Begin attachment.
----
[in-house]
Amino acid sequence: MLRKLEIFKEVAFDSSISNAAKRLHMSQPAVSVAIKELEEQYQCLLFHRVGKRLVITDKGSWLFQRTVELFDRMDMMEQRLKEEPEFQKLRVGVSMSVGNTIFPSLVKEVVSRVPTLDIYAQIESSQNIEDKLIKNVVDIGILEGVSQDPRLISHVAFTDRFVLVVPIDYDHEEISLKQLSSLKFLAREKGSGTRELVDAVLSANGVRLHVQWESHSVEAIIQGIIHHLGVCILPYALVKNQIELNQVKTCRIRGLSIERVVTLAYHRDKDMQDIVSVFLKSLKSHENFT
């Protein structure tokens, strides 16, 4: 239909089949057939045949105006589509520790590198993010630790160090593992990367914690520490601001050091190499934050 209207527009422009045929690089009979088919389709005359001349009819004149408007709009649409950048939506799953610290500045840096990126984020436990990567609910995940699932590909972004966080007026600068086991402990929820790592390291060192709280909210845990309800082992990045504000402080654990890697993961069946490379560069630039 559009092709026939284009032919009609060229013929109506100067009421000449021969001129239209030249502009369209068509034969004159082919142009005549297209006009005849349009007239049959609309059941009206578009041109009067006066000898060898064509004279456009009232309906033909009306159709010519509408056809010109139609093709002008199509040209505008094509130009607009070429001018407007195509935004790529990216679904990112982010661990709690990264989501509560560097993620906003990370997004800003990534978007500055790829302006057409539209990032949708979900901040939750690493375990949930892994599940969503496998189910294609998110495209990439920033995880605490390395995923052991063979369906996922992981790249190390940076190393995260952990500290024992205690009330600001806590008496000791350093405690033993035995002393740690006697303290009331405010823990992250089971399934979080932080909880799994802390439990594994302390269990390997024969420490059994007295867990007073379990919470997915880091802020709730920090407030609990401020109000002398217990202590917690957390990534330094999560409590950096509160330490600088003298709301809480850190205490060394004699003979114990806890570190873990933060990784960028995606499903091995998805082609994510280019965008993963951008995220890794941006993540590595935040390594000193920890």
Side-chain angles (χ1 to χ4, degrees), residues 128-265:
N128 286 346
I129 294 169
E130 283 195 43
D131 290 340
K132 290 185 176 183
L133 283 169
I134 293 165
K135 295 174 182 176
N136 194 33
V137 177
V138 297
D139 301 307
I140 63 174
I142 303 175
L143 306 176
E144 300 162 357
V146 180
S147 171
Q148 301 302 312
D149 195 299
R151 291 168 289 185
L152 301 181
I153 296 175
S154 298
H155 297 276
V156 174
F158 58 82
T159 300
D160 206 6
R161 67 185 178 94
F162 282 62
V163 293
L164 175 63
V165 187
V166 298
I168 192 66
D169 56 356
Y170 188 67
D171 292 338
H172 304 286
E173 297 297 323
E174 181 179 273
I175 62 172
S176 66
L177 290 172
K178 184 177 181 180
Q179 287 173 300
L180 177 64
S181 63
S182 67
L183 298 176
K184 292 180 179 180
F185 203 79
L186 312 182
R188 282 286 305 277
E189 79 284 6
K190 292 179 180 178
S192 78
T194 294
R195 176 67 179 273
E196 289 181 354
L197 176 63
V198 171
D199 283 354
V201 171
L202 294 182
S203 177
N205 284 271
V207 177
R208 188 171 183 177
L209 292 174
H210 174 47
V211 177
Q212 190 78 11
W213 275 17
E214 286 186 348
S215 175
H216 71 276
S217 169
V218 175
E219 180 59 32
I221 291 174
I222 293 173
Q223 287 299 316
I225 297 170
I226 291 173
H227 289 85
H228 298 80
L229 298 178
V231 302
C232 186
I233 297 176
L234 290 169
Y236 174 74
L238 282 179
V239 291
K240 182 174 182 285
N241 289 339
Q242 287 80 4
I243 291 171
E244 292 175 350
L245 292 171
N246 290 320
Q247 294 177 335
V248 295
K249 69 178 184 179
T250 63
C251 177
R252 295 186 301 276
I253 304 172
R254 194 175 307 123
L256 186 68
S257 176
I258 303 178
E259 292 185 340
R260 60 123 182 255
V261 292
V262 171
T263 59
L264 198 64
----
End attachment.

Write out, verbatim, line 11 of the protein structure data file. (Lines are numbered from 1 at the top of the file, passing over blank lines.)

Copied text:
I134 293 165